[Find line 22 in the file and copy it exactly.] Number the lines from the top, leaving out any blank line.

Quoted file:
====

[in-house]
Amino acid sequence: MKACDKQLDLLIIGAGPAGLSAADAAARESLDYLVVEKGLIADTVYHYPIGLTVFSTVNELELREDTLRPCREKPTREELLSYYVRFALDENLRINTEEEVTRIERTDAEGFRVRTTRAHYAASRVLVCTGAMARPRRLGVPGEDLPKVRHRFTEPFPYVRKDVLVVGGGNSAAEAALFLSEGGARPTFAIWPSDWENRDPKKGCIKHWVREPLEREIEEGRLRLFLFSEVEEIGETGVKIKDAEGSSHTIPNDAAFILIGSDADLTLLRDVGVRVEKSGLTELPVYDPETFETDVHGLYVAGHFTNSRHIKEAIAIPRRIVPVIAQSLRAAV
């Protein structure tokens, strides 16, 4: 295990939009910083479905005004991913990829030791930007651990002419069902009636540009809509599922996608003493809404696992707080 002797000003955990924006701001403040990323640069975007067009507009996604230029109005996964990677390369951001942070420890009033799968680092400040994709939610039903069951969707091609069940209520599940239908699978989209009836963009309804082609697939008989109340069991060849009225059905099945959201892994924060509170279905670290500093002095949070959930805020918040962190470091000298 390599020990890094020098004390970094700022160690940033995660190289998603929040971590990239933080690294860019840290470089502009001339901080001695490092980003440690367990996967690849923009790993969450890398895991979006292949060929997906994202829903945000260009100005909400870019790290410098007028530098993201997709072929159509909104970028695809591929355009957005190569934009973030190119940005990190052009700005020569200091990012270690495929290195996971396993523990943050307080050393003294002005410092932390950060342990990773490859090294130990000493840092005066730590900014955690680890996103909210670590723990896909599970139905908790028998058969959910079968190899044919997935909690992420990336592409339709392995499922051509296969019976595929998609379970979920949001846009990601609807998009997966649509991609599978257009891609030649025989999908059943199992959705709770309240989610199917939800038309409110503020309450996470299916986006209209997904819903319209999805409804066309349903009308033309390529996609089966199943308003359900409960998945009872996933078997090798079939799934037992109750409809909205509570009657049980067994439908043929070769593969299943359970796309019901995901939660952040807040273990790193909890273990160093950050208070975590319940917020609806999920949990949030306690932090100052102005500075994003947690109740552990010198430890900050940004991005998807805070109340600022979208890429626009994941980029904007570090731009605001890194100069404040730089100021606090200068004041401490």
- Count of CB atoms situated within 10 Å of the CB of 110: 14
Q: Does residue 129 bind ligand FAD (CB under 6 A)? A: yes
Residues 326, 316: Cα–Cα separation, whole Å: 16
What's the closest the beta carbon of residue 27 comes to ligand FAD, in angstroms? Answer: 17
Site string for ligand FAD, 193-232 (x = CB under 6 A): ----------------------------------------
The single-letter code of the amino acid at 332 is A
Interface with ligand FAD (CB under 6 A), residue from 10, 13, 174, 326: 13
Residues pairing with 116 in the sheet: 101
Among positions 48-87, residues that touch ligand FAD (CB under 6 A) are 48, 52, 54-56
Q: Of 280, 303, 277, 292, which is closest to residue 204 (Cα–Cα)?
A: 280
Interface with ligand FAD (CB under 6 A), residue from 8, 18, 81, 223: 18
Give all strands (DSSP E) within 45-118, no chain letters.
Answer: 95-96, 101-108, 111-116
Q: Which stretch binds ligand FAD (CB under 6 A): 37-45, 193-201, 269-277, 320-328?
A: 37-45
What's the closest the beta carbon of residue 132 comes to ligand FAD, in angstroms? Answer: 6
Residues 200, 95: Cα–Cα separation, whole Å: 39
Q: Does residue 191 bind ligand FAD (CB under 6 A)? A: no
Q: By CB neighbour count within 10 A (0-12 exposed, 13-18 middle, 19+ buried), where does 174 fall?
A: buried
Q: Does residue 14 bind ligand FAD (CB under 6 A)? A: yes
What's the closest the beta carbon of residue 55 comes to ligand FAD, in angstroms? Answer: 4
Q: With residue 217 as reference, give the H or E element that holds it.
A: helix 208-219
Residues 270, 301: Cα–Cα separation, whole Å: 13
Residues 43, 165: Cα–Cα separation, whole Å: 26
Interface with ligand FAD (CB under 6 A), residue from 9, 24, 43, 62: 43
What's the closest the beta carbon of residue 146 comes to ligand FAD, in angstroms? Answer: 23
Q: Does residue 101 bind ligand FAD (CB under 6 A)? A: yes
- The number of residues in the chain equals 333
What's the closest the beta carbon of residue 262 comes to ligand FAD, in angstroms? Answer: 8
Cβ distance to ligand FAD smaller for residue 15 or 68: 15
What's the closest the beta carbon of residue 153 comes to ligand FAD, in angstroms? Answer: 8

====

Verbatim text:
Q: Does residue 191 bind ligand FAD (CB under 6 A)? A: no